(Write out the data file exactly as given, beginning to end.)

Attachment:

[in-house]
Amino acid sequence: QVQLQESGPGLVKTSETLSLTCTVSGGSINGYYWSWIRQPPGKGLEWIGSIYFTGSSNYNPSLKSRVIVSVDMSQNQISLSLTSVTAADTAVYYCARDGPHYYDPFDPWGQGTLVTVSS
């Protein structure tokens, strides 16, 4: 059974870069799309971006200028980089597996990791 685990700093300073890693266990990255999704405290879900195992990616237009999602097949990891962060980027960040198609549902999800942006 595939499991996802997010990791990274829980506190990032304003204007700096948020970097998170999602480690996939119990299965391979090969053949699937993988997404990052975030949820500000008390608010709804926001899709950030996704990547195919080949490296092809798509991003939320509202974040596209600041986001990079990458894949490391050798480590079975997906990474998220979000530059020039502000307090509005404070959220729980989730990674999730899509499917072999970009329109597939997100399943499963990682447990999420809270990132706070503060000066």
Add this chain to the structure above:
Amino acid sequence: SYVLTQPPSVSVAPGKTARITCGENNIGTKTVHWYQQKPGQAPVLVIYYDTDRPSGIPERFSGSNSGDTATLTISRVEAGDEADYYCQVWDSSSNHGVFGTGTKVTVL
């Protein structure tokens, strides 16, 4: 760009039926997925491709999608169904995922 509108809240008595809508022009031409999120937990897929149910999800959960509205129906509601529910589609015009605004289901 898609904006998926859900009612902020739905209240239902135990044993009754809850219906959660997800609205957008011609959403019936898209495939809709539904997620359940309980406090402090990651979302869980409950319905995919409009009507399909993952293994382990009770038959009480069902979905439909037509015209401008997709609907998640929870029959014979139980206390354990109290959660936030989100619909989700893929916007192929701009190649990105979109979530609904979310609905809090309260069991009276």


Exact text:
[in-house]
Amino acid sequence: QVQLQESGPGLVKTSETLSLTCTVSGGSINGYYWSWIRQPPGKGLEWIGSIYFTGSSNYNPSLKSRVIVSVDMSQNQISLSLTSVTAADTAVYYCARDGPHYYDPFDPWGQGTLVTVSS
């Protein structure tokens, strides 16, 4: 059974870069799309971006200028980089597996990791 685990700093300073890693266990990255999704405290879900195992990616237009999602097949990891962060980027960040198609549902999800942006 595939499991996802997010990791990274829980506190990032304003204007700096948020970097998170999602480690996939119990299965391979090969053949699937993988997404990052975030949820500000008390608010709804926001899709950030996704990547195919080949490296092809798509991003939320509202974040596209600041986001990079990458894949490391050798480590079975997906990474998220979000530059020039502000307090509005404070959220729980989730990674999730899509499917072999970009329109597939997100399943499963990682447990999420809270990132706070503060000066």
Add this chain to the structure above:
Amino acid sequence: SYVLTQPPSVSVAPGKTARITCGENNIGTKTVHWYQQKPGQAPVLVIYYDTDRPSGIPERFSGSNSGDTATLTISRVEAGDEADYYCQVWDSSSNHGVFGTGTKVTVL
């Protein structure tokens, strides 16, 4: 760009039926997925491709999608169904995922 509108809240008595809508022009031409999120937990897929149910999800959960509205129906509601529910589609015009605004289901 898609904006998926859900009612902020739905209240239902135990044993009754809850219906959660997800609205957008011609959403019936898209495939809709539904997620359940309980406090402090990651979302869980409950319905995919409009009507399909993952293994382990009770038959009480069902979905439909037509015209401008997709609907998640929870029959014979139980206390354990109290959660936030989100619909989700893929916007192929701009190649990105979109979530609904979310609905809090309260069991009276």